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California Democratic Party State Convention Kicks Off In San Diego

A view of the San Diego Convention Center from the bayside, June 1, 2014.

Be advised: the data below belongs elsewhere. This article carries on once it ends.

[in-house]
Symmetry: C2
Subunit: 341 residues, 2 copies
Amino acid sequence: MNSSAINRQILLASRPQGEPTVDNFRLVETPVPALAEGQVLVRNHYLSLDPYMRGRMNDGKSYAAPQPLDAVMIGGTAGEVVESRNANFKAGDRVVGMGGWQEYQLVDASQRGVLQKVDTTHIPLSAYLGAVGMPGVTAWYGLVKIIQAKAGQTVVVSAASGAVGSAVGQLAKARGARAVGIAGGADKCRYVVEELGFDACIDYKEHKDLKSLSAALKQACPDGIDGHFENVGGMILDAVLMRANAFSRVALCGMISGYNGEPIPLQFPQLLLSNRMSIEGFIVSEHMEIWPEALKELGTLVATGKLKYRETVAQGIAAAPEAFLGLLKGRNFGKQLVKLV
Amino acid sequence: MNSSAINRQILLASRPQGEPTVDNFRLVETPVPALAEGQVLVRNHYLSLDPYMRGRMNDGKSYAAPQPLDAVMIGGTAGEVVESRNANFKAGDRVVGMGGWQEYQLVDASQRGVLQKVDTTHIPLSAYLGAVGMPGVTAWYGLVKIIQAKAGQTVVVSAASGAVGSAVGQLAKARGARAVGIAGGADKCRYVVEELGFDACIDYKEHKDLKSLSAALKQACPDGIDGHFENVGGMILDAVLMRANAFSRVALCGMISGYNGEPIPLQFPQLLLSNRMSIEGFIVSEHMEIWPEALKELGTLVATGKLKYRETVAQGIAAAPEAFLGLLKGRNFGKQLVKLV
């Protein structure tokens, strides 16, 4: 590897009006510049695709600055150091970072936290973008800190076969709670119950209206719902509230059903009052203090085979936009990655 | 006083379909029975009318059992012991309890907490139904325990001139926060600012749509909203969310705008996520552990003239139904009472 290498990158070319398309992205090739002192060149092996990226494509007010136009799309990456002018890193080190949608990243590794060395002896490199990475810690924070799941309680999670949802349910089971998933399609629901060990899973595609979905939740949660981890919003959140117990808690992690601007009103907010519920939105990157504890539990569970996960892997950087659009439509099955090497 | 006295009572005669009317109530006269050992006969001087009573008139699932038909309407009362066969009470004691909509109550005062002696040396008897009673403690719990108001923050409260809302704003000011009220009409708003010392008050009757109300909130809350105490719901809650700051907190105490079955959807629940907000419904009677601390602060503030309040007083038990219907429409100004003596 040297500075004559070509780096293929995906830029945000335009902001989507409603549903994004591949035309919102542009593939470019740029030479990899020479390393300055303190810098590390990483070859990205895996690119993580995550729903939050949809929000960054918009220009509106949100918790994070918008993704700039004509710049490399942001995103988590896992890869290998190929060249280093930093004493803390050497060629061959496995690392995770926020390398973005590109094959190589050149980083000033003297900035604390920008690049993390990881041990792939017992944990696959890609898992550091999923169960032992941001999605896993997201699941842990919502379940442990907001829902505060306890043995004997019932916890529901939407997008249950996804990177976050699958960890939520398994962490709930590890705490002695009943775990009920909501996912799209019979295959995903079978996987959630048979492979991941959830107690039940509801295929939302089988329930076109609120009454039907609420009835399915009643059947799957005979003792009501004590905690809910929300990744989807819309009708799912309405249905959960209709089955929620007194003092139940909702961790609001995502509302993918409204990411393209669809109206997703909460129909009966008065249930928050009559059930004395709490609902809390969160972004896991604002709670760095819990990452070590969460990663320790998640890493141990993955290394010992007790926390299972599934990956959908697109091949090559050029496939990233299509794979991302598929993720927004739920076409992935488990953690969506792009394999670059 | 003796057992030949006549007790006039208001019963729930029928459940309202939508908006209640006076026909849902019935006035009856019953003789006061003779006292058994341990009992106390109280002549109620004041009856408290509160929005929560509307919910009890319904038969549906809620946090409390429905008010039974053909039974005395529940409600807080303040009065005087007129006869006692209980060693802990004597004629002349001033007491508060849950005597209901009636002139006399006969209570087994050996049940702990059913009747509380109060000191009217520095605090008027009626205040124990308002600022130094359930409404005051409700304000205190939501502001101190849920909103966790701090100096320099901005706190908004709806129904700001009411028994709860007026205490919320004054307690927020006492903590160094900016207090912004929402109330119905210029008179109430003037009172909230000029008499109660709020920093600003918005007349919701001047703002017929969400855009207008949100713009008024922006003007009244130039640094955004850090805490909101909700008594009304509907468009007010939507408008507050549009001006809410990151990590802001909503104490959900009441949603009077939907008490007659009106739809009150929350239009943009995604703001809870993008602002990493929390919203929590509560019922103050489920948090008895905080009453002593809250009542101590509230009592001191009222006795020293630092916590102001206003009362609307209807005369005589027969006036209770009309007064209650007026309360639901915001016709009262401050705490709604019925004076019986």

Michael Schuerman
A view of the San Diego Convention Center from the bayside, June 1, 2014.
California Democratic Party State Convention Kicks Off In San Diego
California Democratic Party State Convention Kicks Off In San Diego GUEST:Ben Adler, capitol bureau chief, Capitol Public Radio